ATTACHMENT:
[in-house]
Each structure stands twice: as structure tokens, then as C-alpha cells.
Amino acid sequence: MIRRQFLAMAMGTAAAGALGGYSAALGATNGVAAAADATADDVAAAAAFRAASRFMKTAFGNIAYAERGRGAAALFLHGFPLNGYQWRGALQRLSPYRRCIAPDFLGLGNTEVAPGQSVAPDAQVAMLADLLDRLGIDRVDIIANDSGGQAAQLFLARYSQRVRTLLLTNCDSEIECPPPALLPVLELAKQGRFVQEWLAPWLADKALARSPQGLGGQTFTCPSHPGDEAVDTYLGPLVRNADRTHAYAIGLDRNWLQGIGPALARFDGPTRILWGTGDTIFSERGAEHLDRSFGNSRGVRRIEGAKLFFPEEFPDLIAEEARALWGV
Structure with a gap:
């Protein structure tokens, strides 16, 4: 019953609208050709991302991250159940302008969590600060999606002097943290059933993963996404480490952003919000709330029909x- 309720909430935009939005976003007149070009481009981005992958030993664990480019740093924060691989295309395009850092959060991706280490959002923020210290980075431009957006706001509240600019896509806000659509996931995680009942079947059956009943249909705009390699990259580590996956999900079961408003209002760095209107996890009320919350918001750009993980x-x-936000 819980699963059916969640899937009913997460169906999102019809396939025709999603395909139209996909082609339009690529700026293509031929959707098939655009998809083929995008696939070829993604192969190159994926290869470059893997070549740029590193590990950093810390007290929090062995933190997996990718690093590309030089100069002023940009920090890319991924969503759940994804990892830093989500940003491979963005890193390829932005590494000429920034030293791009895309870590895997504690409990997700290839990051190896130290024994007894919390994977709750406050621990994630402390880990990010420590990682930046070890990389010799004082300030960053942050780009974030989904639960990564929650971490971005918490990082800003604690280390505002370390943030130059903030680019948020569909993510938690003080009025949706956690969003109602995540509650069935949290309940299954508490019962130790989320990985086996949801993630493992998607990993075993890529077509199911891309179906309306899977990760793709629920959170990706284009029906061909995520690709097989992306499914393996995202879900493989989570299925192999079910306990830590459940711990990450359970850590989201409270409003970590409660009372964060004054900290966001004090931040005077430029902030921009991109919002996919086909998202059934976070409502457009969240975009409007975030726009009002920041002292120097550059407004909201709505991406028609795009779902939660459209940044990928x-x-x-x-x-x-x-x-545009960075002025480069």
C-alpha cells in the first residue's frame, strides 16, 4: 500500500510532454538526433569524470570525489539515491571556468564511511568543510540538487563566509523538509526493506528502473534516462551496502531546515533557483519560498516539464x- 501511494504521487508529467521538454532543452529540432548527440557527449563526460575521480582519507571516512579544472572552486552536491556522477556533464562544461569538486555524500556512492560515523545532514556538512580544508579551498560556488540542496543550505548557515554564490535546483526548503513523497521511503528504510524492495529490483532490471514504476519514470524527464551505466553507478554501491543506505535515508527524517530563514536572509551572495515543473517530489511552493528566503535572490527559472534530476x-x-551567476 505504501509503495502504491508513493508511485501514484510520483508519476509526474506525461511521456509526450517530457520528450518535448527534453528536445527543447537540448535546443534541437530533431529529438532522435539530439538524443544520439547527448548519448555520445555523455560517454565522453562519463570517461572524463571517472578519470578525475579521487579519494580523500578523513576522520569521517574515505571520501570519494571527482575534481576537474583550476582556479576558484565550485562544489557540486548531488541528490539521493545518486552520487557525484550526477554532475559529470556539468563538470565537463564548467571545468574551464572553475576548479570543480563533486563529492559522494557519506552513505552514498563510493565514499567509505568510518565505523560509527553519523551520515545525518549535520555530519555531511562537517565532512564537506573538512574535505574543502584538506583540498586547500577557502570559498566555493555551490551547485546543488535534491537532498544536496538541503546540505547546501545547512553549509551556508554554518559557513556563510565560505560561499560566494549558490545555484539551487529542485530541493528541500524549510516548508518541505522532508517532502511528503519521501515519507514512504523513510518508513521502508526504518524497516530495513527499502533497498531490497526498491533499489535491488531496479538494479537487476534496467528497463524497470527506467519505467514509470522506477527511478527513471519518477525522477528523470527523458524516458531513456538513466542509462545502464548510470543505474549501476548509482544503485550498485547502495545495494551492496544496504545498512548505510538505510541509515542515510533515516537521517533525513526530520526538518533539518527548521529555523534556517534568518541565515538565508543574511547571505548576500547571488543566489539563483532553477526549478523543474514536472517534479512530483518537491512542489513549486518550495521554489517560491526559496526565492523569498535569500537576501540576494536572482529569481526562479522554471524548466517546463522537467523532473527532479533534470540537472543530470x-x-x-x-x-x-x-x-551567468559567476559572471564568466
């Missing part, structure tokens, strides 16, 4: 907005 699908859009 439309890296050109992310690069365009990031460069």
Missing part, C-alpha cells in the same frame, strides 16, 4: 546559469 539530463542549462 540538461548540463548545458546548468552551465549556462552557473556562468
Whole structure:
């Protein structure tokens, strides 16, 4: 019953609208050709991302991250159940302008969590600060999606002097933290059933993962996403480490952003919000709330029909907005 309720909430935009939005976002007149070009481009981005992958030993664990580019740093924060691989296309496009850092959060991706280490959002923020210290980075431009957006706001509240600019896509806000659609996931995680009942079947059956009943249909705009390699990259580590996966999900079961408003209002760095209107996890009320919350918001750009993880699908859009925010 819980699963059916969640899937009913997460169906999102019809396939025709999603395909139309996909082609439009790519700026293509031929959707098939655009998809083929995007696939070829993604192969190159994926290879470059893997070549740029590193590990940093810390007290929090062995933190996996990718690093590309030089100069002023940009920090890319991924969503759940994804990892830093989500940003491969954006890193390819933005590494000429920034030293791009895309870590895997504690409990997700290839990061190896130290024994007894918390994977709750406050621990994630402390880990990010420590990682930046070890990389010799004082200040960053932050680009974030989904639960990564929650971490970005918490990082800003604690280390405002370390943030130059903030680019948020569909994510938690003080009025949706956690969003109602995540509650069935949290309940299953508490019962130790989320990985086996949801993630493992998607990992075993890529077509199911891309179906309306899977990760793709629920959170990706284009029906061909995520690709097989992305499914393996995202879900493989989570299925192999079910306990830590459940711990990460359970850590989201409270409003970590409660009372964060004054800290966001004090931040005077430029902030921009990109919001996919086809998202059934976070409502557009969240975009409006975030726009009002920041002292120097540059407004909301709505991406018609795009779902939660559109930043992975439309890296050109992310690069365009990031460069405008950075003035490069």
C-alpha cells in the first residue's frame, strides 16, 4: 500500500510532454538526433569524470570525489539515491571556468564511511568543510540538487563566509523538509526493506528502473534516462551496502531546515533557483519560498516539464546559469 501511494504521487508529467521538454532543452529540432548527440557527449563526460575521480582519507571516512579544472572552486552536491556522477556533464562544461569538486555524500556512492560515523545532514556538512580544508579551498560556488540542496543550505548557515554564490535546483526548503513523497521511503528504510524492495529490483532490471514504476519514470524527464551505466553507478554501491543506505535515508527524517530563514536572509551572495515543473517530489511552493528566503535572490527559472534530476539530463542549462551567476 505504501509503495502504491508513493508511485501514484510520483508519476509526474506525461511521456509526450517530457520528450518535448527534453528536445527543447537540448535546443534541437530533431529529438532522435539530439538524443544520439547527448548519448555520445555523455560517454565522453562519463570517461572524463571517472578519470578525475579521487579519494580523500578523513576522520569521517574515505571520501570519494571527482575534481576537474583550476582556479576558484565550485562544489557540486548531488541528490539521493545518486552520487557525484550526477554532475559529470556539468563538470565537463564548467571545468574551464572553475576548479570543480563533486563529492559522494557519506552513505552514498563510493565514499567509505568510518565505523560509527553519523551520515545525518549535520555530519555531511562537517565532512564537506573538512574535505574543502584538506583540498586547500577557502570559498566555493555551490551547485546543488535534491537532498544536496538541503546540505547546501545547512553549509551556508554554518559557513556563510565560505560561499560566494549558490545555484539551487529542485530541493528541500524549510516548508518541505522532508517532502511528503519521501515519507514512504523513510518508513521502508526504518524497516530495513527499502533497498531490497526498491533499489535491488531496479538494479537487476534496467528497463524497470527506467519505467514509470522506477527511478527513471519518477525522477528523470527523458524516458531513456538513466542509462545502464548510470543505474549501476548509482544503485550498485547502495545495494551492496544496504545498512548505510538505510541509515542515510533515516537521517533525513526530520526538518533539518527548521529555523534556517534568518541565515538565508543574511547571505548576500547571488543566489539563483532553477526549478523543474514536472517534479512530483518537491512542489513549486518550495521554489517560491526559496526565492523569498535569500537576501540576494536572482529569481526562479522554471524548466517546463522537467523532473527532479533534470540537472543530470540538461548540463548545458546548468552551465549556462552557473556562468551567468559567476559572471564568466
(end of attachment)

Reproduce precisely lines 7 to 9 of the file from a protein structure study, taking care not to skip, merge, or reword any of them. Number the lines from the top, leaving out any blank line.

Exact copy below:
């Missing part, structure tokens, strides 16, 4: 907005 699908859009 439309890296050109992310690069365009990031460069």
Missing part, C-alpha cells in the same frame, strides 16, 4: 546559469 539530463542549462 540538461548540463548545458546548468552551465549556462552557473556562468
Whole structure: